It’s been a strange and difficult few days. I woke up last Tuesday night at 2am with the worst headache of all time; piercing intense pain. I had to run downstairs for the pain killers. This was stress, pure and simple; subconscious anxiety in anticipation of GCSE results download day. I’ve only been there a year but Results Matter – and in this age of hyper-accountability, they assume meaning far beyond the limits of their validity and reliability as measures of our students’ experience. It wasn’t good news; various factors had lined up to generate results at the lower end of the range I’d expected. The KS2 profile of this cohort generates an expected figure of 39% on the national transition matrices for 5A*-CEM; that’s about where we are – in line with expectations, not even taking account of the 73% FSM factor. Naturally, we’re not allowed to call that success and it doesn’t feel like it!
Still, I know this single data point has significance it doesn’t deserve. We were 45% last year which had come as a shock to the school despite it representing Sig + Value Added on RAISE for that cohort. The new GCSE regime had kicked in and there were no easy wins. Everyone expects and demands improvement so, all year, it has seemed to be more or less forbidden to contemplate openly that our results might go down again. But they have. Every outcome has reasons. They aren’t excuses; they are reasons: Here are some of the ingredients in our outcomes:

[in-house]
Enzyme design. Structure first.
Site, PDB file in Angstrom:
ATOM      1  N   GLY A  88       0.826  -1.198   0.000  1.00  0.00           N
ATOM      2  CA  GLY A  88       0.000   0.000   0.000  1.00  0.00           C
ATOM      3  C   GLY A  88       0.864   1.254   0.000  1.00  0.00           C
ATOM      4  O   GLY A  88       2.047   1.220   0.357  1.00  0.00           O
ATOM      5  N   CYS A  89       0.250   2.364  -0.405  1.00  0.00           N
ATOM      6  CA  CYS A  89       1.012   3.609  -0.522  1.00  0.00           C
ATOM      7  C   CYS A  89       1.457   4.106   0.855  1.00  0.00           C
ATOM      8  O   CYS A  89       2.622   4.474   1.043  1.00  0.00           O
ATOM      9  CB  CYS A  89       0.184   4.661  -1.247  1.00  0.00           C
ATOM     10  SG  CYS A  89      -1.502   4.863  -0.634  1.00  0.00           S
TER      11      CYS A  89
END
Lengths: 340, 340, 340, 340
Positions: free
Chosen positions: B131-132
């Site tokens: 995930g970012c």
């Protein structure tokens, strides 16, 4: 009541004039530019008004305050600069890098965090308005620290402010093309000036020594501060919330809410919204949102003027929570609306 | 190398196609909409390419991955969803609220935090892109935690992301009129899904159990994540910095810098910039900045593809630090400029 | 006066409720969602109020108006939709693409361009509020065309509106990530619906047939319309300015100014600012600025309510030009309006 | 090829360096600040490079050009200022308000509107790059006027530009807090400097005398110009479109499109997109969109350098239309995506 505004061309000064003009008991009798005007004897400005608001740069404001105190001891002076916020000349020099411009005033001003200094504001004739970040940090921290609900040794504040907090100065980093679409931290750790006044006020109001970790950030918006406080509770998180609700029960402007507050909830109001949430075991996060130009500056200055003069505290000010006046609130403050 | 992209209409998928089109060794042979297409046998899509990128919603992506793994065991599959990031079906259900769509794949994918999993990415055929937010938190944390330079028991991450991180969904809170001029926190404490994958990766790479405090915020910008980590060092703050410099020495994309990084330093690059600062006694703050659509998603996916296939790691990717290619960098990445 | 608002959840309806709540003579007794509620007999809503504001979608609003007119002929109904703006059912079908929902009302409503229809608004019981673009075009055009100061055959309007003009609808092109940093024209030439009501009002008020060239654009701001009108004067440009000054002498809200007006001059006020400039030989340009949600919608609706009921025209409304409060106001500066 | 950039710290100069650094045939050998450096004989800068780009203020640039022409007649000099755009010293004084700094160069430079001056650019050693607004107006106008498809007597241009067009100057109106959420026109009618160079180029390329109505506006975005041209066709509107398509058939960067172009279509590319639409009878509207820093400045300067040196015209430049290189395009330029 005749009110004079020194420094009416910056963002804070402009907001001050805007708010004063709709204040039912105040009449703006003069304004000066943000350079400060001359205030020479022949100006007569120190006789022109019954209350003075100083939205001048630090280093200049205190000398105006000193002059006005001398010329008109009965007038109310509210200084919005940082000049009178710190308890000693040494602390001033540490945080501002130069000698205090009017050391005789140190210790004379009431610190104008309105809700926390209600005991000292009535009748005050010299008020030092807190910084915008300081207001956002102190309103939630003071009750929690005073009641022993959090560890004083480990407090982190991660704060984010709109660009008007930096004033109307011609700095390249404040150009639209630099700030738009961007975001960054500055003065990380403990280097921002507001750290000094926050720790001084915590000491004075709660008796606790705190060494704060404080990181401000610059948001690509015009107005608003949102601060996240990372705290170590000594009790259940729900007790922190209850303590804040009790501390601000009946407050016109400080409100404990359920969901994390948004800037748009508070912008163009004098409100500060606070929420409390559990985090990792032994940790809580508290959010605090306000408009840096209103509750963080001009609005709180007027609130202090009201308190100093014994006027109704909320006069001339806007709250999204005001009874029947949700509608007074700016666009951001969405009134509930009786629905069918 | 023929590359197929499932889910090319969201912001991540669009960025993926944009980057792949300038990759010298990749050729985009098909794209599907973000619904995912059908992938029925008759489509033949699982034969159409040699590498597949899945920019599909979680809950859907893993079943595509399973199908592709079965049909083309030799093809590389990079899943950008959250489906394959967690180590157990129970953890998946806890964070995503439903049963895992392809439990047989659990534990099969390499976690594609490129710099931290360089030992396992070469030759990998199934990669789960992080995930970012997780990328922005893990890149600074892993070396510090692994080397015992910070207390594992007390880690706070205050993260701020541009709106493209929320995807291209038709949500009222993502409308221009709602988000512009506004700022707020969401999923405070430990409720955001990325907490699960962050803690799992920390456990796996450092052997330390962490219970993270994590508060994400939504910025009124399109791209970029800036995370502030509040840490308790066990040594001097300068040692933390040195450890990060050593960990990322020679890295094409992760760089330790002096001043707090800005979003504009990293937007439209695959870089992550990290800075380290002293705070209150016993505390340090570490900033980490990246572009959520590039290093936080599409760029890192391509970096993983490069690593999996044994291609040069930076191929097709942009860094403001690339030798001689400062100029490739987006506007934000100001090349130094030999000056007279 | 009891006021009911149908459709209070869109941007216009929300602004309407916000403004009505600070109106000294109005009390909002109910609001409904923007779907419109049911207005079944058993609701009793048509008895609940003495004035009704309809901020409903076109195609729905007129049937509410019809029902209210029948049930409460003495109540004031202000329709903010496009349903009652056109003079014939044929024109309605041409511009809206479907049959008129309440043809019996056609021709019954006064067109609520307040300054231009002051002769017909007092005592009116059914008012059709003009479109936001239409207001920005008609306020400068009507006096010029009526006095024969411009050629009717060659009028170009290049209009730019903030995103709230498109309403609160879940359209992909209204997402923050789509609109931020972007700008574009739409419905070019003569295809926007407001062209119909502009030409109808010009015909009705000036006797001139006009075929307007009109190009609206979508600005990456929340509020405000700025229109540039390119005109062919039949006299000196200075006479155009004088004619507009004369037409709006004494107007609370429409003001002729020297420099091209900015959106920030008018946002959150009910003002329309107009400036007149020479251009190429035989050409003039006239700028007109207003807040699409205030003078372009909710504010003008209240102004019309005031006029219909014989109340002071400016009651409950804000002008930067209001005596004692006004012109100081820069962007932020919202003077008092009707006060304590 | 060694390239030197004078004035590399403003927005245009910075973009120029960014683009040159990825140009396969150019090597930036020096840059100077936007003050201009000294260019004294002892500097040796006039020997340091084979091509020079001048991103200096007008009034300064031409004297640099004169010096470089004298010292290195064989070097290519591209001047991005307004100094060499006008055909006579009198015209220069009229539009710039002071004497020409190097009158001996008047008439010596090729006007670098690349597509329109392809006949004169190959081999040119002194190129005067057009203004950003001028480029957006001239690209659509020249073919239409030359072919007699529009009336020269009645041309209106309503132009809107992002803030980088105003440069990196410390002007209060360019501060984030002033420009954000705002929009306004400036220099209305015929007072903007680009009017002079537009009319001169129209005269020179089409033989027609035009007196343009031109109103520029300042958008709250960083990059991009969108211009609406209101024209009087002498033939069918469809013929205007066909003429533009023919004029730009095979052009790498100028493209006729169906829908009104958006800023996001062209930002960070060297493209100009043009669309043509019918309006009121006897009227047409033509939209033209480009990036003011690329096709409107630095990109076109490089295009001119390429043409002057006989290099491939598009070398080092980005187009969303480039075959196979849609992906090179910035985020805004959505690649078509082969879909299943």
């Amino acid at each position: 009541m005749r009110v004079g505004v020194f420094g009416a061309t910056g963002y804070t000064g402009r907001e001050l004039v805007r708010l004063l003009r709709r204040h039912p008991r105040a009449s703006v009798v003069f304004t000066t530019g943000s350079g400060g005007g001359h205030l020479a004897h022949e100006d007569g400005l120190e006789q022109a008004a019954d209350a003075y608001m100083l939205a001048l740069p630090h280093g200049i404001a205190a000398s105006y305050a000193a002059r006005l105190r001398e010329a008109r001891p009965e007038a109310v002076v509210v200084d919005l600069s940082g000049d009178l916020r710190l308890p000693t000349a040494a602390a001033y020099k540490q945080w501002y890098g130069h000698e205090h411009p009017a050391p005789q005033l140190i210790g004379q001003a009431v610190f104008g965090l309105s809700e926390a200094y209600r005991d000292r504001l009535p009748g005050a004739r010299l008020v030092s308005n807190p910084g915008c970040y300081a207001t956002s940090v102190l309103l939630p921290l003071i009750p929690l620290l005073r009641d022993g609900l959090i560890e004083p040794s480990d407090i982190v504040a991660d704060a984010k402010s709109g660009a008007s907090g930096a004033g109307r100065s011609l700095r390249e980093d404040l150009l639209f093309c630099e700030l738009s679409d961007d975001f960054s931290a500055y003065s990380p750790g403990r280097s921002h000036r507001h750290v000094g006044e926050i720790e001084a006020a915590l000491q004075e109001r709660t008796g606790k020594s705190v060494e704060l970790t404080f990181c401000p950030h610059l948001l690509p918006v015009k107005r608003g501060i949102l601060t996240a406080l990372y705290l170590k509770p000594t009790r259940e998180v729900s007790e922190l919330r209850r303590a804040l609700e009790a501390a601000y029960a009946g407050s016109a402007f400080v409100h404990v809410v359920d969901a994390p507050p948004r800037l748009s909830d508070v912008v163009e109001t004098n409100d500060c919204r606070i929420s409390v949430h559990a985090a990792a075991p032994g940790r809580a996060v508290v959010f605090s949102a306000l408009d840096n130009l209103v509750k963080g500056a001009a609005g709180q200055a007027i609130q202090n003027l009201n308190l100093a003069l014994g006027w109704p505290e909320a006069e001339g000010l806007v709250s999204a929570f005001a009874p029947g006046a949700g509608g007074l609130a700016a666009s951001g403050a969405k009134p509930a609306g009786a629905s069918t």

- It was our first year without the Speaking and Listening component in English GCSE – so, despite better exam performance, our results dropped significantly (84% to 61%). (It’s remarkable that our 5A*-CEM outcomes were only 45% last year when English secured 84%. They were prepared super well! It’s no surprise to me that this component was withdrawn by Ofqual.)
- We’re one of the schools with masses of students on the C/D borderline in Maths experiencing drops following the grade boundary change on the Edexcel Higher paper. 50 of our students got a D. With outcomes virtually a zero-sum, a gain of 5% in School X must be accompanied by a drop of 5% in School Y. (Strictly speaking, 4.3% on average since Nationally maths went up by 0.7%). It’s a fact of how our system works: not all schools can improve their Maths GCSE grades in the same year. It’s a contest for the allowed number of passes at A*-C; there are winners and losers. There’s some comfort in hearing of lots of other schools in the same boat – but not much!